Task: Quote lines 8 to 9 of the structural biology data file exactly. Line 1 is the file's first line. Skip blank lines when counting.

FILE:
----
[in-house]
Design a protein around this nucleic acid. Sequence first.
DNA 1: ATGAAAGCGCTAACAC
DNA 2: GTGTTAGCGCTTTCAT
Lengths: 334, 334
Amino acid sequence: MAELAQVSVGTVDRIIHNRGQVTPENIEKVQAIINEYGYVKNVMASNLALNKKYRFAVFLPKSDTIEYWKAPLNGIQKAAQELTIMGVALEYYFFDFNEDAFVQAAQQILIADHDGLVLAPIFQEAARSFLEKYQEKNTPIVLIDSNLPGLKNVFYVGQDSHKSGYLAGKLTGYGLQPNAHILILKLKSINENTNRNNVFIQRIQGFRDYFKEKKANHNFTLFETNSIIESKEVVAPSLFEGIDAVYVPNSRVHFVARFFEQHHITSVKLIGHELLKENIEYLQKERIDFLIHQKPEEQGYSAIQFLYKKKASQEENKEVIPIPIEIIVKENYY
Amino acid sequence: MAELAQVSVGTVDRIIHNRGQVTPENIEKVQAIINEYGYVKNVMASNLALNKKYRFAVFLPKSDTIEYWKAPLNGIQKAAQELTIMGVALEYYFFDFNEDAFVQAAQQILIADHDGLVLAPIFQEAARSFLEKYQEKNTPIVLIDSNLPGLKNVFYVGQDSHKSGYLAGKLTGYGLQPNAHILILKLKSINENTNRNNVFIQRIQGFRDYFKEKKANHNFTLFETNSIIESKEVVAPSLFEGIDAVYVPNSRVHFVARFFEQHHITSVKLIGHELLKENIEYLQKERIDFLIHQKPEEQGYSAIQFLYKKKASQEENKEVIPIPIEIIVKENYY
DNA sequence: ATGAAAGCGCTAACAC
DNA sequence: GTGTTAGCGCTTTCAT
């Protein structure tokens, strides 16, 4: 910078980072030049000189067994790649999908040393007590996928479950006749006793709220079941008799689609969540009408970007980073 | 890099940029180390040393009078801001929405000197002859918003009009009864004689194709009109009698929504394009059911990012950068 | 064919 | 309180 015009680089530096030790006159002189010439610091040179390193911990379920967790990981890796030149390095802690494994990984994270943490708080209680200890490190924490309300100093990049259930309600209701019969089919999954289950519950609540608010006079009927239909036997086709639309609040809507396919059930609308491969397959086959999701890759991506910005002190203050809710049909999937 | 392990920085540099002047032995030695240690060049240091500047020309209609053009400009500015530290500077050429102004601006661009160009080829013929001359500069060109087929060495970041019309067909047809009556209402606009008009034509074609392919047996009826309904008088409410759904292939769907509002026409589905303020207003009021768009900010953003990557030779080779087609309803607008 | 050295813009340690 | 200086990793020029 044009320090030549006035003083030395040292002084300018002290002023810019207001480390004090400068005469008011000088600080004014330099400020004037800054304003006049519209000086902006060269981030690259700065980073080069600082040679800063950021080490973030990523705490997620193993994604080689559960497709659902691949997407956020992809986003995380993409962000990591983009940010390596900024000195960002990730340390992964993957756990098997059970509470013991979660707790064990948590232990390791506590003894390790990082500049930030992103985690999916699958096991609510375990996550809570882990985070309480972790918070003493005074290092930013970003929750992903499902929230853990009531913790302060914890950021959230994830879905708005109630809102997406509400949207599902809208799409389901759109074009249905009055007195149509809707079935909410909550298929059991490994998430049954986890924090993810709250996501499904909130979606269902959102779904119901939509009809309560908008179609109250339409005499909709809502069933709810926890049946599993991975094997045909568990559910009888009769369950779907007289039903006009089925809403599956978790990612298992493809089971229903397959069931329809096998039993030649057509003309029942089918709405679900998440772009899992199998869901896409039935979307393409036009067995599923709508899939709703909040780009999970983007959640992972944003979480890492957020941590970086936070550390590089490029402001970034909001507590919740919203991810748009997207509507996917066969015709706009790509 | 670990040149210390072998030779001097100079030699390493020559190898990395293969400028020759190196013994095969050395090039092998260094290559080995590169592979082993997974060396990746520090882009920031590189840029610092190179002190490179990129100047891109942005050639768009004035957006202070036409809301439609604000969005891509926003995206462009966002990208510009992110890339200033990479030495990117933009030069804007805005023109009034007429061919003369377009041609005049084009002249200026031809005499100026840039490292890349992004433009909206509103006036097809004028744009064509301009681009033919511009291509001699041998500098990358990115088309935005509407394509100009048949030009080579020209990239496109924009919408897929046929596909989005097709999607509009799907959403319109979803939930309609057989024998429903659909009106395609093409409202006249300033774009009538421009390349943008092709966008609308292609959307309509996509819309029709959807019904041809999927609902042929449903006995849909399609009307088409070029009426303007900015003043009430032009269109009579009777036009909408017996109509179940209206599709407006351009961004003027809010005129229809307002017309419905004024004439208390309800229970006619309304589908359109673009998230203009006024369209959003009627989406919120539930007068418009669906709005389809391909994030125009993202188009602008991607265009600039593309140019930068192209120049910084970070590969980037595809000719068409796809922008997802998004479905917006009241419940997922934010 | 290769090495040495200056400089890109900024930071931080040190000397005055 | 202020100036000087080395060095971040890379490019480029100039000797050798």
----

DNA sequence: ATGAAAGCGCTAACAC
DNA sequence: GTGTTAGCGCTTTCAT